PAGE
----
While 78% colleges are running in the private sector, they cater to only 67% of the total enrolment. Overall, women constitute 46% of all admissions in higher education. But a closer look at the social backgrounds reveals a skewed picture. Scheduled Castes are 13.9%, Scheduled Tribes are 4%, Other Backward Castes are 33.7% and, finally, the greatest disparity regarding population percentage and enrolment is visible among Muslim women who are 4.6% of total enrolled. These percentages are all below the national average. There is no doubt that besides gendered discrimination, the caste and community backgrounds of women add to the burden of discrimination that women carry when they enter the university.
In sheer numbers, the non-teaching staff appears to be 2/3rds male, and in some states, the women in non-teaching staff are 1/5th of the total employed. This disparity is visible even in the post-wise number of women employed as teachers, especially when compared with men, despite gradually increasing enrolment of women in higher education in the last five years.
Women constitute 33% of the teachers and professors at the college and university level. The social background of those employed as teachers does not match the existing composition of social groups in society. This is clear as 65% of those employed are upper caste, 25.4% are Other Backward Castes, 7.5% are Scheduled Castes, 2.1% are Scheduled Tribes, and, finally, 3.3% are Muslims. This disparity visibly appears to grow with more men being offered promotions to the position of Professor, Reader and Associate Professors while women remain, Lecturers, Assistant Professors or Tutors.
This disparity across public and private institutions only appears to increase when taking caste and religion into account and cuts across science, management, engineering and humanities programmes. Thus, discrimination cuts across students, non-teaching staff and faculty. This government appraisal of the situation of higher education in the country based on quantified data reveals the power equations that function in a patriarchal society. These numbers speak of an institutional crisis where merit may be the basis revealed to us on paper, but the numbers speak of discrimination on the basis of gender, caste, religion and even region.
Institutional spaces like universities are built hierarchies of power in the name of age, experience, professional standing, and, most visibly, social capital. Persons in such positions of power have abused their positions to harass not just their colleagues, students and researchers, but also non-teaching staff, and persons outside of such institutional frameworks. The language utilised is often couched in polite requests, gentle nudges, explicit demands, and defended with the language of sexual freedom. Anyone who objects is often described as conservative and shamed for not being open and accepting.
We see this most clearly as a consequence of the publication of the lists. ‘Naming and shaming’, ‘witch-hunting’ or targeting the perpetrators have only found them support from amongst their kith and kin. None of those named or found guilty have faced the consequences of their actions. The shield that protects them remains intact while questions about the veracity of claims, the complainant’s intentions, and the backgrounds of those who have published lists have been scrutinised vigorously.
When we talk about sexual harassment, it is important to recognise that it stems from the space permitted to it by a deeply casteist, classist, communal, regressive, hetero-normative patriarchal society. It can appear in the form of gendered discrimination that is subtle and extend to blatant violence. The wide range of gendered harassment that the lists show tells us that there are forms of oppression as varied as the background of the oppressors. But this complexity should not stop us from exploring these intersections, exposing their internal power dynamics and find ways to transform spaces – personal and professional in our fight against patriarchy. We need to look at central and state universities, schools and organisations as well as private universities, schools and organisations. Careful attention also needs to be paid to different forms of sexual harassment in fields of education and research ranging from management to science, and medicine as well, besides other professions, institutions and organisations.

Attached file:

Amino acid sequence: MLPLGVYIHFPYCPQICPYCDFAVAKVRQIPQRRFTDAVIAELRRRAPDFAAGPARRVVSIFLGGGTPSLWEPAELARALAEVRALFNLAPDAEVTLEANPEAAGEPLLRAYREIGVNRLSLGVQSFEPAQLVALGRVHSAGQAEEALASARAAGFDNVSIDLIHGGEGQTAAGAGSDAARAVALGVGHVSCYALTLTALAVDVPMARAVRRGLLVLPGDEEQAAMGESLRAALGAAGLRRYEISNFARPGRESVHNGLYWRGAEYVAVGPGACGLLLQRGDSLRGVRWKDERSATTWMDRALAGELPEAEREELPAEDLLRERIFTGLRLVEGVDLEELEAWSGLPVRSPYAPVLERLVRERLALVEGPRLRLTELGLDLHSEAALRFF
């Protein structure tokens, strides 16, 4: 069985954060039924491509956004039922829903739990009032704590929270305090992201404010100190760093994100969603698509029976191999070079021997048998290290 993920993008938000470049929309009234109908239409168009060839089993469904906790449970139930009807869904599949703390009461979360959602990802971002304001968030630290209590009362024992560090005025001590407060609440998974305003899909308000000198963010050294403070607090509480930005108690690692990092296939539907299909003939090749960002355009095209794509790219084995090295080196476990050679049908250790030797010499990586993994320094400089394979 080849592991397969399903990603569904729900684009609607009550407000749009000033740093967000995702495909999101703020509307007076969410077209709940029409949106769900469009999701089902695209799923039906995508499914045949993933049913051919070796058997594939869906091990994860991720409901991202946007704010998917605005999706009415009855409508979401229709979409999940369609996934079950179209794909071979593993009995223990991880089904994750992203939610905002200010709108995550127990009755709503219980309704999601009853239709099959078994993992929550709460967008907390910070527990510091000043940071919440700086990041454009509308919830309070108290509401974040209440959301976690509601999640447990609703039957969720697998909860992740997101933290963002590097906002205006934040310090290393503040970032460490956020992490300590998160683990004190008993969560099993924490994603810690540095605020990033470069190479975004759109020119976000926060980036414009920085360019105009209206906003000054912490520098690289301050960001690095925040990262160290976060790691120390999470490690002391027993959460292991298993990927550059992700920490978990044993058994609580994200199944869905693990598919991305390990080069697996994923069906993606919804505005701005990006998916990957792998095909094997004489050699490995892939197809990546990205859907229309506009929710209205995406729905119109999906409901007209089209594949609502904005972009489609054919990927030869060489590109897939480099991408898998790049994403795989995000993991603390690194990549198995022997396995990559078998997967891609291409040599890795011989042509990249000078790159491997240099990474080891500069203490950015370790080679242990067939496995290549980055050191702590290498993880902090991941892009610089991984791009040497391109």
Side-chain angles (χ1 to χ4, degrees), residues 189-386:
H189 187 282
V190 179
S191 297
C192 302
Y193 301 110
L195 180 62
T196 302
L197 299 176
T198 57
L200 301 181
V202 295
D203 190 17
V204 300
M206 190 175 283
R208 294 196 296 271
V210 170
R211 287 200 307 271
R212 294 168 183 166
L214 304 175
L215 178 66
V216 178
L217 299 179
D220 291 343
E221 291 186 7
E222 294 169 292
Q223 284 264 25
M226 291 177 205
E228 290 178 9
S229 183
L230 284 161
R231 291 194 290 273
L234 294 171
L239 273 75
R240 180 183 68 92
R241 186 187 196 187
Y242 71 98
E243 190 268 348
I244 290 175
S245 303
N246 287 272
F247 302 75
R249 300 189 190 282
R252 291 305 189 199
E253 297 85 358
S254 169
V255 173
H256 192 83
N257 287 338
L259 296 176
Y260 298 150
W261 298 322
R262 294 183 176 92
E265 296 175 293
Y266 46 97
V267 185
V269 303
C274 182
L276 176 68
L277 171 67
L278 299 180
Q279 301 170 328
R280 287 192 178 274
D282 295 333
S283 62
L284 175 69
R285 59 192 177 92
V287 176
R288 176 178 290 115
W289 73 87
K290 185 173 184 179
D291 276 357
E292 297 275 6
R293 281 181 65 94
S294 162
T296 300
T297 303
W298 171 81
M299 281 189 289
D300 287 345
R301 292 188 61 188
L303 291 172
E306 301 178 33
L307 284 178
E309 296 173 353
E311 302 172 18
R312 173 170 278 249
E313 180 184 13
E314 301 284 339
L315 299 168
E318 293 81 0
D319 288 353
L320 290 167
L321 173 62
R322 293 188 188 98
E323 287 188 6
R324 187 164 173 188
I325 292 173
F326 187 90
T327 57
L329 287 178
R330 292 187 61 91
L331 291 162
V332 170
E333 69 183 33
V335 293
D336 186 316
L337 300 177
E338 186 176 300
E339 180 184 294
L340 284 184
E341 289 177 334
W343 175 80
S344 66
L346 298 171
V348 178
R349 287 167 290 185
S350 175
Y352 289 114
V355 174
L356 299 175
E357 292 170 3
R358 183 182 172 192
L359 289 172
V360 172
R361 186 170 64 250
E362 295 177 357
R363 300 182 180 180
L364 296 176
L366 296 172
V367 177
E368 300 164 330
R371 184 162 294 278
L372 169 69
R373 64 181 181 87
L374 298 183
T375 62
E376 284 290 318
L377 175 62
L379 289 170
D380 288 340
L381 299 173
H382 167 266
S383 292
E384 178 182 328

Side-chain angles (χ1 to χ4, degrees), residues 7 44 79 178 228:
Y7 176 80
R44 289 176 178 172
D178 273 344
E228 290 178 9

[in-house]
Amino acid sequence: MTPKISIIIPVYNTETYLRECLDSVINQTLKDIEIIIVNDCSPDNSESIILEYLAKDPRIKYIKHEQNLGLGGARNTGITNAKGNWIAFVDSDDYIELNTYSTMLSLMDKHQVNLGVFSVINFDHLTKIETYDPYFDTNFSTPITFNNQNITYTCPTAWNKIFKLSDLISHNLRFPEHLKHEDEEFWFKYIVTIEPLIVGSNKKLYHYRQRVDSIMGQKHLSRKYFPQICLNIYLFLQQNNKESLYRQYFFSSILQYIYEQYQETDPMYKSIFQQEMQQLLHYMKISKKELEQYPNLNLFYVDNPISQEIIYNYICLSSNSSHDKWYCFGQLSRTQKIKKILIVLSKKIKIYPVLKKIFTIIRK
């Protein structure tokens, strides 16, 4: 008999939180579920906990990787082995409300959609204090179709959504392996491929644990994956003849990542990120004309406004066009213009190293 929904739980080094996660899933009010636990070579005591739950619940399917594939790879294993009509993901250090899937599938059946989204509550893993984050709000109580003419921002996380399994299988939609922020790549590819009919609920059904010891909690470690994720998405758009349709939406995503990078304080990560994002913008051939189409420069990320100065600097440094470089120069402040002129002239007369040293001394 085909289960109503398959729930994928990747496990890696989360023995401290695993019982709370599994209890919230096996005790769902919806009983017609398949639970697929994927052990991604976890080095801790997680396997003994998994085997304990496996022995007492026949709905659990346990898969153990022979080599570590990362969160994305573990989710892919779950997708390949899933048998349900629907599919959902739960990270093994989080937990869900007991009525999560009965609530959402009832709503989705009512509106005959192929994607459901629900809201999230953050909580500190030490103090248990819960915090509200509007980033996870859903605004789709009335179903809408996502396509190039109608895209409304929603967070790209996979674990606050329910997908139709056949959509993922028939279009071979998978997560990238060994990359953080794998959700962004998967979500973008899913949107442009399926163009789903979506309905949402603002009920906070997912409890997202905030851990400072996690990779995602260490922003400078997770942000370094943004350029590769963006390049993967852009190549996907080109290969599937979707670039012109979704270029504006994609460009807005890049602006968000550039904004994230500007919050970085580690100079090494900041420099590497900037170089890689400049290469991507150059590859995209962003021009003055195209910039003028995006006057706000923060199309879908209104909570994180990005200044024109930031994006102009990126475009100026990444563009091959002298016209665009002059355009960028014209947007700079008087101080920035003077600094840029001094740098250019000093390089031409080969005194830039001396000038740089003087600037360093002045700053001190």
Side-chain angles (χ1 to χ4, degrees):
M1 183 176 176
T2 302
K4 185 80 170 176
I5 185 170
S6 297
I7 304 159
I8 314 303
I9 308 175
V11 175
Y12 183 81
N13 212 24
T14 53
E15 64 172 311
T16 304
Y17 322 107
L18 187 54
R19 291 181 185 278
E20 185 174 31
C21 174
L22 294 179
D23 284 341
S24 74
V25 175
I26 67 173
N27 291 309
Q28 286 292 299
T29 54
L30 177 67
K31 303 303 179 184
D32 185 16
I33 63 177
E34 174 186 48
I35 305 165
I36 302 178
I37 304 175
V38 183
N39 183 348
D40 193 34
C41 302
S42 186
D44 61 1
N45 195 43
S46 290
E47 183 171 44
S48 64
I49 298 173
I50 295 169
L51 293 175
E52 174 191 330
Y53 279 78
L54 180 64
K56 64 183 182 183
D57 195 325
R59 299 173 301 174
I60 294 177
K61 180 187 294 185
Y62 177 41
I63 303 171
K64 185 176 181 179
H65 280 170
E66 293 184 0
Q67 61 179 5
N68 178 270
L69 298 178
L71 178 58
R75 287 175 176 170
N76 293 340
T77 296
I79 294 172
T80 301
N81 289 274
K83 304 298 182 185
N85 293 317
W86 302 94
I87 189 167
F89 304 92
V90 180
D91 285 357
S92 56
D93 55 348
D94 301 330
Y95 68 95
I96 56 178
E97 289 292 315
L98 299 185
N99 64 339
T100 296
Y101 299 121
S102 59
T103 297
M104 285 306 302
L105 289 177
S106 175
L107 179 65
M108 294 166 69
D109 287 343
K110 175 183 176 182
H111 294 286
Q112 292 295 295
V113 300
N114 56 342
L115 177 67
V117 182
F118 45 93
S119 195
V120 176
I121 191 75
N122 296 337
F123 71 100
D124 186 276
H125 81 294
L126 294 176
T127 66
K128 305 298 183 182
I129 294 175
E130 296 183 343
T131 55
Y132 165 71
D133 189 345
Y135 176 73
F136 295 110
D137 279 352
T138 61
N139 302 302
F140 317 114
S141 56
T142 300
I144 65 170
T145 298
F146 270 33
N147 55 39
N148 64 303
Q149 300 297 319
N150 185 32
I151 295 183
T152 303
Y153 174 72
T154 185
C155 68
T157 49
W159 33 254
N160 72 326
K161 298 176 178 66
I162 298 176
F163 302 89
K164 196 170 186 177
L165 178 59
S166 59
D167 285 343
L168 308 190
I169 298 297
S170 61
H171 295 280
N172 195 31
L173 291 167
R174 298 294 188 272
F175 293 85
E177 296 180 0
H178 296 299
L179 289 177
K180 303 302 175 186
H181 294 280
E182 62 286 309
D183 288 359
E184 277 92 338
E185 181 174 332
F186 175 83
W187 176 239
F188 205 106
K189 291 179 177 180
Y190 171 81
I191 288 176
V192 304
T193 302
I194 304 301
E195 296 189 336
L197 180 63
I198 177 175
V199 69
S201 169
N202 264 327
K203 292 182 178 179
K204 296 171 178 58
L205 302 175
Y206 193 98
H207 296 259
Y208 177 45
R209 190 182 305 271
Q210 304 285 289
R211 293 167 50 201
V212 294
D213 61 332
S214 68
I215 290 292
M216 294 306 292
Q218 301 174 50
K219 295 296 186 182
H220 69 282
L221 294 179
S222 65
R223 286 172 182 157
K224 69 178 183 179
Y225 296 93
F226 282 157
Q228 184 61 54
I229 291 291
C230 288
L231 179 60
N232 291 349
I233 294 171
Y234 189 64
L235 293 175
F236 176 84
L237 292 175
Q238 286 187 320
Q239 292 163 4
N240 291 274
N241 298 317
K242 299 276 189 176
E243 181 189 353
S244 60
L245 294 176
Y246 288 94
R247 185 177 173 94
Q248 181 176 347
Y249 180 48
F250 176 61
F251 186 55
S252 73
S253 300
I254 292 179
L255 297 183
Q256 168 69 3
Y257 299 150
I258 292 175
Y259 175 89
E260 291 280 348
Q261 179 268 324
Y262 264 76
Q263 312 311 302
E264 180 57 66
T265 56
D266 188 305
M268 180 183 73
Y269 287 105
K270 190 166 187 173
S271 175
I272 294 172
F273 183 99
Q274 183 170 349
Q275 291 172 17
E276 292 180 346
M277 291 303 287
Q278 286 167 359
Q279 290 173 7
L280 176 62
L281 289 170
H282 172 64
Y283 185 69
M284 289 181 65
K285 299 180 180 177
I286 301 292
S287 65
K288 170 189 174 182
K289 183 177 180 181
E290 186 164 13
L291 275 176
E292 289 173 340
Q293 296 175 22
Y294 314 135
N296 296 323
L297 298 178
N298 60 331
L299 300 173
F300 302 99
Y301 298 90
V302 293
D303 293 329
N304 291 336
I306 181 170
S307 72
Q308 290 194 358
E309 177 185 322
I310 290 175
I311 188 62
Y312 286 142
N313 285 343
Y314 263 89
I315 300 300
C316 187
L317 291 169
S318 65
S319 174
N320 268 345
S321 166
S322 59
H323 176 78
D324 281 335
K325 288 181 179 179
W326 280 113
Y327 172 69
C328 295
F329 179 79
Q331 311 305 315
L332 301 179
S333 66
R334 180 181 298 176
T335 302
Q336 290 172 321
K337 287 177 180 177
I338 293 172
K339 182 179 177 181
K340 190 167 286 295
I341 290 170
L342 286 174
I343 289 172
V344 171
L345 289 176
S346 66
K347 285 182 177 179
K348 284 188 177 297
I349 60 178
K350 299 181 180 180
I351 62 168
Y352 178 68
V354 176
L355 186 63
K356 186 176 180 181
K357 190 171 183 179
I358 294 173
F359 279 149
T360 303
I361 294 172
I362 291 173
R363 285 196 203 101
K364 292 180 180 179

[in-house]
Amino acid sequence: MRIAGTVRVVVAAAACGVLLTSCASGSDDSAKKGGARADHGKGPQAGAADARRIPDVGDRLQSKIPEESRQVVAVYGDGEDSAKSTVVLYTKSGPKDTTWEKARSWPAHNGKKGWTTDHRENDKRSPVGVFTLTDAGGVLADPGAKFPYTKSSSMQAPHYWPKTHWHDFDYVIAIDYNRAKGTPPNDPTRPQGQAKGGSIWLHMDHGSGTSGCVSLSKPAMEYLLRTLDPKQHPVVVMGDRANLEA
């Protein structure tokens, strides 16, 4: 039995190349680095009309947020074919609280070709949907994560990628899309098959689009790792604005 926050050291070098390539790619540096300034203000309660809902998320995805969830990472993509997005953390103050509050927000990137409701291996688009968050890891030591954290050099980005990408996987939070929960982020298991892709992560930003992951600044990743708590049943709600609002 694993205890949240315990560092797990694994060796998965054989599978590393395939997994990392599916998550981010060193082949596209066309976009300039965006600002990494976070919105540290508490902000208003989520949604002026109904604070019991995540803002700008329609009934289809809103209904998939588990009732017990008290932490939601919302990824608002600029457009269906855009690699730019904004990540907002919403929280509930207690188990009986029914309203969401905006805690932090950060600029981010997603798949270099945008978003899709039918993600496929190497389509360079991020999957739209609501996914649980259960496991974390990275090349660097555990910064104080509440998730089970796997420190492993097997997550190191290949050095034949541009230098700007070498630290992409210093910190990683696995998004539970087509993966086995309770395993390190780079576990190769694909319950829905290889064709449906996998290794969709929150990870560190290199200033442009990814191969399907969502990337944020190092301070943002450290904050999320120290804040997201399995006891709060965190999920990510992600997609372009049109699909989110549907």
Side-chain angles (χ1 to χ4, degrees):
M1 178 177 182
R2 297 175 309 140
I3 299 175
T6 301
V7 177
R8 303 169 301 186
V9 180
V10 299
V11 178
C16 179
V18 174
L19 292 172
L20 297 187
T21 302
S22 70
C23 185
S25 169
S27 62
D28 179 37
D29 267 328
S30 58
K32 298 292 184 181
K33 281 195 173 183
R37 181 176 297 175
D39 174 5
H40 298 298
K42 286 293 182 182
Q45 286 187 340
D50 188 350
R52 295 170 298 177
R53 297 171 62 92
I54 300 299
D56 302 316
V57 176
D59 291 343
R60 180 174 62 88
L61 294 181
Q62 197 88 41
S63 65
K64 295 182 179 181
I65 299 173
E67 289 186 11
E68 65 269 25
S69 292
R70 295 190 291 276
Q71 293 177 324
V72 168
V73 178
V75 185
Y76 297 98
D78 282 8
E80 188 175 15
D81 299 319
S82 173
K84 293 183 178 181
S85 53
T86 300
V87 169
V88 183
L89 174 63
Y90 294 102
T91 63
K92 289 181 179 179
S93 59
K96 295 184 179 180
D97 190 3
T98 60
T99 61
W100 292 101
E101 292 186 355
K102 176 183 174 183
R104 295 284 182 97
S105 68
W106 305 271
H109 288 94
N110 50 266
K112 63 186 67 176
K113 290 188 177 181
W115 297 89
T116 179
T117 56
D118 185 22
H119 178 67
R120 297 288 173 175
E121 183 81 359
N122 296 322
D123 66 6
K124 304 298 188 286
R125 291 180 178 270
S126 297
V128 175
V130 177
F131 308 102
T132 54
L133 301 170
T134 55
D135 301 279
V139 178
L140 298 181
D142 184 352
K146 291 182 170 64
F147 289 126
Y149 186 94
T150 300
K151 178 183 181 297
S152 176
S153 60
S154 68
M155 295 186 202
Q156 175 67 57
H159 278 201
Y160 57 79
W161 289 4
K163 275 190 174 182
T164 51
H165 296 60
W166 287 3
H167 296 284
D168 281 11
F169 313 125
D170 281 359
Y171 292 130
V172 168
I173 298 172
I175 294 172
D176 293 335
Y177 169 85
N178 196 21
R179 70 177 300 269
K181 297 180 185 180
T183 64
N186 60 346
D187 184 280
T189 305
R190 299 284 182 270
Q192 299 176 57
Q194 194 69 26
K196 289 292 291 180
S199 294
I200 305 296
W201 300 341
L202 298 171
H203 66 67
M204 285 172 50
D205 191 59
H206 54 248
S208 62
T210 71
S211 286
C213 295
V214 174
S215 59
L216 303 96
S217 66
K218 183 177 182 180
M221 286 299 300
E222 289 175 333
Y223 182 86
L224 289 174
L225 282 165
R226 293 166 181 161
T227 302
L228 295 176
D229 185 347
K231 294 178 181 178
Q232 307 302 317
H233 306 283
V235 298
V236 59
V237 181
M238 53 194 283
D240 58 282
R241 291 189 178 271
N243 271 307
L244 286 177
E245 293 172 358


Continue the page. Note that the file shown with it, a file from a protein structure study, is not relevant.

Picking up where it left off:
The systemic nature of sexual harassment has deep-rooted effects on the life of those harassed. Meanwhile, it builds a sense of impunity for the perpetrators. We cannot allow these forms of oppression to be normalised as part of everyday sexism. Our complicity by silence will only add to the impunity such perpetrators enjoy. Sexual predation is a means of asserting power that is visible and palpable. We need to call it out for what it is in a society that repeatedly tries to invisibilise it.
Women alone cannot be held responsible for their safety. In a society such as ours, women and marginalised communities find their access to even available due process inhibited by social scrutiny and prejudice. We will not stand by while women are accused of overreacting while the mental conditions of the perpetrators, named and unnamed, are being avidly discussed. Those who have suffered sexual harassment or violence need much more than mere acknowledgement.
Though this may just be a start, mental, legal care along with building safe spaces are crucial steps that require long-term engagement and commitment towards community care. This, if done with the spirit of camaraderie, can be the basis for further strength for women to fight violence. We need new ways of talking about sexual harassment, new ways of defining it, calling it out, exposing it, bringing the perpetrators to book and new ways of recovering from the violence it entails.
Today, let us recognise these fractures and needs of the time. Let us move towards a collective conversation instead of expressing our rage individually in personal spaces. Let us open up those personal spaces into spaces of safety, solidarity, unity and struggle. Let this moment not go without consequences in our larger struggle for gender justice. And let those consequences pave the way for building structures, networks, systems that bear in mind the pain and humiliation as well as the resilience of those fighting back by speaking out.
WSS reiterates its commitment to stand strongly by those who have dared to speak out and find ways of addressing these questions in the long run with the care and consideration it deserves. In the coming months, we hope to initiate and invite conversations across the university and other spaces, understand forms of violence that have not yet come out in the open, and, finally, work towards a policy on how to deal with sexual harassment that incorporates structures of care that each of us needs today.
Let us break the silence!